tomka tomka - 2 months ago 8
Python Question

Using pyplot to create grids of plots

I am new to python and having some difficulties with plotting using

pyplot
. My goal is to plot a grid of plots in-line (
%pylab inline
) in Juypter Notebook.

I programmed a function
plot_CV
which plots cross-validation erorr over the degree of polynomial of some x where across plots the degree of penalization (lambda) is supposed to vary. Ultimately there are 10 elements in lambda and they are controlled by the first argument in
plot_CV
. So

fig = plt.figure()
ax1 = fig.add_subplot(1,1,1)
ax1 = plot_CV(1,CV_ve=CV_ve)


Gives

enter image description here

Now I think I have to use
add_subplot
to create a grid of plots as in

fig = plt.figure()
ax1 = fig.add_subplot(2,2,1)
ax1 = plot_CV(1,CV_ve=CV_ve)
ax2 = fig.add_subplot(2,2,2)
ax2 = plot_CV(2,CV_ve=CV_ve)
ax3 = fig.add_subplot(2,2,3)
ax3 = plot_CV(3,CV_ve=CV_ve)
ax4 = fig.add_subplot(2,2,4)
ax4 = plot_CV(4,CV_ve=CV_ve)
plt.show()


enter image description here

If I continue this, however, then the plots get smaller and smaller and start to overlap on the x and y labels. Here a picture with a 3 by 3 plot.

enter image description here

Is there a way to space the plots evenly, so that they do not overlap and make better use of the horizontal and vertical in-line space in Jupyter Notebook? To illustrate this point here a screenshot from jupyter:

enter image description here

Final note: I still need to add a title or annotation with the current level of lambda used in
plot_CV
.




Edit: Using the tight layout as suggested, gives:

enter image description here




Edit 2: Using the
fig.set_figheight
and
fig.set_figwidth
I could finally use the full length and heigth available.

enter image description here

Answer

A first suggestion to you problem would be taking a look at the "Tight Layout guide" for matplotlib.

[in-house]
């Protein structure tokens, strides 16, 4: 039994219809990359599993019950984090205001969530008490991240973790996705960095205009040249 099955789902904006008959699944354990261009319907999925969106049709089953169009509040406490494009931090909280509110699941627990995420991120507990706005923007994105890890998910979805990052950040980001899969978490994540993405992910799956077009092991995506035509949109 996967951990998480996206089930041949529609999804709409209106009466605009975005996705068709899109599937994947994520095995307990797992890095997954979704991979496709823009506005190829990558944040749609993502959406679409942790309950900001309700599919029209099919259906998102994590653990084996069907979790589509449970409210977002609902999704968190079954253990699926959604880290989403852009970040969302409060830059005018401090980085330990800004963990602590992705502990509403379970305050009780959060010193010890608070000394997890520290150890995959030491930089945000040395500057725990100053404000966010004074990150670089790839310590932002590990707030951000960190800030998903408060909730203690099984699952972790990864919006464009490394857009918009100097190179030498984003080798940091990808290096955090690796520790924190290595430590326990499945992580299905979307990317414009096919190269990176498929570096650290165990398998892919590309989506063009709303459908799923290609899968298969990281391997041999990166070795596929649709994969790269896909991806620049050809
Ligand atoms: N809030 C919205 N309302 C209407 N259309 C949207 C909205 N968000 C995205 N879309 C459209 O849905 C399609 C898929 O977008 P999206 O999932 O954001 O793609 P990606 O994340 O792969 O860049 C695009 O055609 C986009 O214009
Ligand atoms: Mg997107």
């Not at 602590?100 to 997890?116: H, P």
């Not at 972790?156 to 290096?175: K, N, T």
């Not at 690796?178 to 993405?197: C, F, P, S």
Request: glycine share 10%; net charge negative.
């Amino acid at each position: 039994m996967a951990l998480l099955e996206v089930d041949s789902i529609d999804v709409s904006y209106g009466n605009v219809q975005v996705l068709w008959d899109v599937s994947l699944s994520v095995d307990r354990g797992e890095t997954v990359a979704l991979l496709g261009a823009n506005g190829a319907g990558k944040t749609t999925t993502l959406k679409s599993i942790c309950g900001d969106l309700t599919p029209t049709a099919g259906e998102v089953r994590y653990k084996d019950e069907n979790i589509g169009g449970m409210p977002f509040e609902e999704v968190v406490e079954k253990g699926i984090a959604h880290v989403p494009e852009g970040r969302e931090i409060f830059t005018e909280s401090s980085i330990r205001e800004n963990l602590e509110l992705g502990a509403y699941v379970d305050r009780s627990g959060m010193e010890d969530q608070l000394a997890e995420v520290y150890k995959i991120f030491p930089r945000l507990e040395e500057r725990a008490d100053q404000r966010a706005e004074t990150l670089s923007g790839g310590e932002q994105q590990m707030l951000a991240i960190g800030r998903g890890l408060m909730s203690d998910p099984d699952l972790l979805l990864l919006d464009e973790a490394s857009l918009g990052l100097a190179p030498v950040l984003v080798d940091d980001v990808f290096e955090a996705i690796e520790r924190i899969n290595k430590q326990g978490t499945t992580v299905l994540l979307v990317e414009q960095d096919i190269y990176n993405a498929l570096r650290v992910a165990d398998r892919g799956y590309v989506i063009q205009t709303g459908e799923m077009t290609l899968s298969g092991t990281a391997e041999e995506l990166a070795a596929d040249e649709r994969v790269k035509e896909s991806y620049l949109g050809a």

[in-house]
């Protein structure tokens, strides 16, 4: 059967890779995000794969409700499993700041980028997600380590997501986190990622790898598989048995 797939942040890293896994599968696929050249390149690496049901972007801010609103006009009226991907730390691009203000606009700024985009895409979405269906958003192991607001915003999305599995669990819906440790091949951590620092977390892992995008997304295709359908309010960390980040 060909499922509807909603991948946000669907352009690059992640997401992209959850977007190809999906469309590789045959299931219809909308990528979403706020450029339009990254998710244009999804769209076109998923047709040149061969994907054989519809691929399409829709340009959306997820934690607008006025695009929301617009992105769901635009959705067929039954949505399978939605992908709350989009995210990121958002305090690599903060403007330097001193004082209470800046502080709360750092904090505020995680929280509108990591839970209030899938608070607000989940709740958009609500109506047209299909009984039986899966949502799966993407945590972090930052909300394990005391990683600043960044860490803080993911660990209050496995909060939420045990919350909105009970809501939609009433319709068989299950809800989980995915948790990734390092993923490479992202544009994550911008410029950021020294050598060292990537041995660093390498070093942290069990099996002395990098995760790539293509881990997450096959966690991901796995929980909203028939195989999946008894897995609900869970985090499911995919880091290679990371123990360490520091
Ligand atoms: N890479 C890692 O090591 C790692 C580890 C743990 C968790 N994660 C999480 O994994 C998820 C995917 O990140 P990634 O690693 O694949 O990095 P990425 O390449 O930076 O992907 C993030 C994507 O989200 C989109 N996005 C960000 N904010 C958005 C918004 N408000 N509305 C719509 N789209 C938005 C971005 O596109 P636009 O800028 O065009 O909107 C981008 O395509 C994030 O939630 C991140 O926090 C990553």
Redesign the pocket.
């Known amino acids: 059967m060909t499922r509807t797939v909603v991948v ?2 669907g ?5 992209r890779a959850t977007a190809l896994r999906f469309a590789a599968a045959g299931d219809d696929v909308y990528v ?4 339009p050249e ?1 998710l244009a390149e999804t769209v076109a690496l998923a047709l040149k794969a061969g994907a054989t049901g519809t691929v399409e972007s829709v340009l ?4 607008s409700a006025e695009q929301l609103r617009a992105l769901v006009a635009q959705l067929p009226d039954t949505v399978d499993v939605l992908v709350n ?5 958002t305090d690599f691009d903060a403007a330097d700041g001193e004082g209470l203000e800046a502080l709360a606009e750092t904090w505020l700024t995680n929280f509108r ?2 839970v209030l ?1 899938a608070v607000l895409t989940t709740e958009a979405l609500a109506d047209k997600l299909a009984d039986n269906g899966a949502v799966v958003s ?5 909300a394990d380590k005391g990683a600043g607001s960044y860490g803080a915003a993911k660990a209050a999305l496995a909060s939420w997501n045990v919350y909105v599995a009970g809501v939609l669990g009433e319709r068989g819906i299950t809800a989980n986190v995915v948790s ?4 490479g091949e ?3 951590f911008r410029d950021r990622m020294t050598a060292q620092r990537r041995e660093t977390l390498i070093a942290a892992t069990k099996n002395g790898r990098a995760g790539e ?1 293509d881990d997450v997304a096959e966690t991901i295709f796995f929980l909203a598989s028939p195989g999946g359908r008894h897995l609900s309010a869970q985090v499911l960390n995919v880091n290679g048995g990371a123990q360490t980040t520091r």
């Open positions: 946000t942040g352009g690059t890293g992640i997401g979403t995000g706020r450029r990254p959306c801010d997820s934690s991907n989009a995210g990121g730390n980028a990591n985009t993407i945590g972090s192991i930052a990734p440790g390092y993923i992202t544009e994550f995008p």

They have an example that looks visually very similar to your situation. As well they have examples and suggestions for taking into consideration axis labels and plot titles.

Further more you can control the over all figure size by using Figure from the matplotlib.figure class.

Figure(figsize = (x,y))

figsize: x,y (inches)

EDIT:

Here is an example that I pulled from the matplotlib website and added in the:

fig.set_figheight(15) fig.set_figwidth(15)

import matplotlib.pyplot as plt

plt.rcParams['savefig.facecolor'] = "0.8"

def example_plot(ax, fontsize=12):
     ax.plot([1, 2])
     ax.locator_params(nbins=3)
     ax.set_xlabel('x-label', fontsize=fontsize)
     ax.set_ylabel('y-label', fontsize=fontsize)
     ax.set_title('Title', fontsize=fontsize)

plt.close('all')
fig = plt.figure()

fig.set_figheight(15)
fig.set_figwidth(15)


ax1 = plt.subplot2grid((3, 3), (0, 0))
ax2 = plt.subplot2grid((3, 3), (0, 1), colspan=2)
ax3 = plt.subplot2grid((3, 3), (1, 0), colspan=2, rowspan=2)
ax4 = plt.subplot2grid((3, 3), (1, 2), rowspan=2)

example_plot(ax1)
example_plot(ax2)
example_plot(ax3)
example_plot(ax4)

plt.tight_layout()

You can achieve padding of your subplots by using tight_layout this way:

plt.tight_layout(pad=0.4, w_pad=0.5, h_pad=1.0)

That way you can keep your subplots from crowding each other even further.

Have a good one!